Once again, a new semester has begun at the community college system where I teach courses about the religions of the world. (And please note that I specifically said “about.” I don’t “teach religion”; rather, I teach about religion. There’s a huge difference between the two activities. One involves personal faith commitments; the other is strictly an academic activity. I practice the latter sort of activity. Just to be clear, I’m a teacher, not a preacher.)
In some of the classes I teach every semester, we begin the term by studying indigenous religions. That somewhat unwieldy term really just means “native,” and is used as a handy (if not entirely satisfactory) label for the broad category of traditional religious or spiritual paths practiced by localized, relatively small-scale, often tribal cultures around the globe: Native American, traditional African, Australian aboriginal, Inuit (Eskimo), and many others.
Each of these quite diverse forms of religion grew up in isolation from each other, and each of them is actually a broad subcategory masking an immense amount of even greater diversity (there are actually many different kinds of Native American religions, many different African traditional religions, etc.).
Nevertheless, there are also a number of common themes and elements which many of them seem to share with each other (which in itself is rather remarkable and interesting, if you think about it, given their independent origins and development in parts of the world quite distant from each other).
We often start the semester by studying some of these characteristic features shared in common by so many otherwise seemingly unrelated indigenous religions.
Students learn about animism (the belief that everything in nature — even seemingly “inanimate” objects — is in some sense alive, often possessing an indwelling spirit of its own), polytheism (the belief in multiple gods, often constituting a pantheon of deities, each in charge of various aspects of nature or natural forces), ancestor veneration (or “ancestor worship,” essential for keeping the potentially troublesome spirits of the deceased at peace), rites of passage (ceremonies marking entry into important new phases of an individual’s life cycle), and various other key elements frequently featured among indigenous religions worldwide.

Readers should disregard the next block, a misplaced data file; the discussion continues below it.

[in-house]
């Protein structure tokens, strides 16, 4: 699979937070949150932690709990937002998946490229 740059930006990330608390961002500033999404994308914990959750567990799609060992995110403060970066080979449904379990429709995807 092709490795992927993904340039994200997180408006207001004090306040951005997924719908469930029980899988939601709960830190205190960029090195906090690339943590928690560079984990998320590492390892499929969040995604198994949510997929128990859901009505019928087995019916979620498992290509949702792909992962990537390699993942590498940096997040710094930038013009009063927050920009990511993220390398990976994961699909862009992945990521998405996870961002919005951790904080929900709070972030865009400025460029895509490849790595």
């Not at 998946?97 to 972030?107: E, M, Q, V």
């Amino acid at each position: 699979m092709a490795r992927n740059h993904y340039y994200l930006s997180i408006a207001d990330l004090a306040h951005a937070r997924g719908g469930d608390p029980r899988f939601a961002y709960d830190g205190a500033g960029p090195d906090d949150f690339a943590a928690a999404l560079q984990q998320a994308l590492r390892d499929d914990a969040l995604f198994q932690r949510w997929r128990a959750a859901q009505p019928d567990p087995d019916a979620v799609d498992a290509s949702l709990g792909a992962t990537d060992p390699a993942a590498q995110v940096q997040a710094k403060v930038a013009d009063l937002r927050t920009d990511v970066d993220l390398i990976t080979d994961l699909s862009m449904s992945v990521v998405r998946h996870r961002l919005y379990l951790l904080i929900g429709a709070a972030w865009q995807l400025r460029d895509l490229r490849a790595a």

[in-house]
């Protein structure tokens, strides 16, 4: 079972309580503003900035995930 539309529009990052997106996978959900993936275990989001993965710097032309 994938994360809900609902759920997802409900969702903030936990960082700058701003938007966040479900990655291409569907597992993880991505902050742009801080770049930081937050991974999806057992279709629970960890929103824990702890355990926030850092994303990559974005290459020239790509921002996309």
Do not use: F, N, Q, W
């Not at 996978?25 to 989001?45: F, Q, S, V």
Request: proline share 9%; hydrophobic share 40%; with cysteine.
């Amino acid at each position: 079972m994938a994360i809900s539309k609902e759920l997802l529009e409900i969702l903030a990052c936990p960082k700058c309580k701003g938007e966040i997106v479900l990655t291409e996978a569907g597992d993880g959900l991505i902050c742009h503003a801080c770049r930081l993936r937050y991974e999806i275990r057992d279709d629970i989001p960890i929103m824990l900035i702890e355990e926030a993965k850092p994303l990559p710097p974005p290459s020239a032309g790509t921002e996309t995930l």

I suspect that sometimes, some students may start thinking: well, this is all very interesting, and perhaps good to know; but how, if at all, does any of it relate to me?
They may begin to wonder: what, if anything, do any of these common features of such frankly strange and faraway “indigenous religions” have to do with, say, my own religion?
So, in class, I often try to make some interesting (if not downright tantalizing) “interfaith” connections for them. I attempt to point out some occasionally rather striking similarities that seem to exist between some of the unfamiliar indigenous religions which we’re currently studying, and some other religions which may be much more personally familiar to them.
Certain prominent features found among representative religions of some rather remote and rather alien indigenous cultures, it turns out, actually have some pretty notable parallels which can be found (if you look for them) within certain equally prominent features of some of the world’s largest and most popular religions — including some which happen to be among the predominant faiths within our own modern Western culture.
Some of these areas of seeming overlap between such initially strange-seeming indigenous religions on the one hand, and several major world religions (which some students in my classes may personally belong to) might be the sorts of things which many newcomers to the study of religion might not necessarily notice right away, or think of on their own.
However, once pointed out, they can be quite eye-opening — and can also underscore the possibility that, in at least some ways, our own religious sensibilities and those found among many indigenous cultures may not be so very different after all (let alone literally “worlds apart”).
(To be continued, in Part Two.)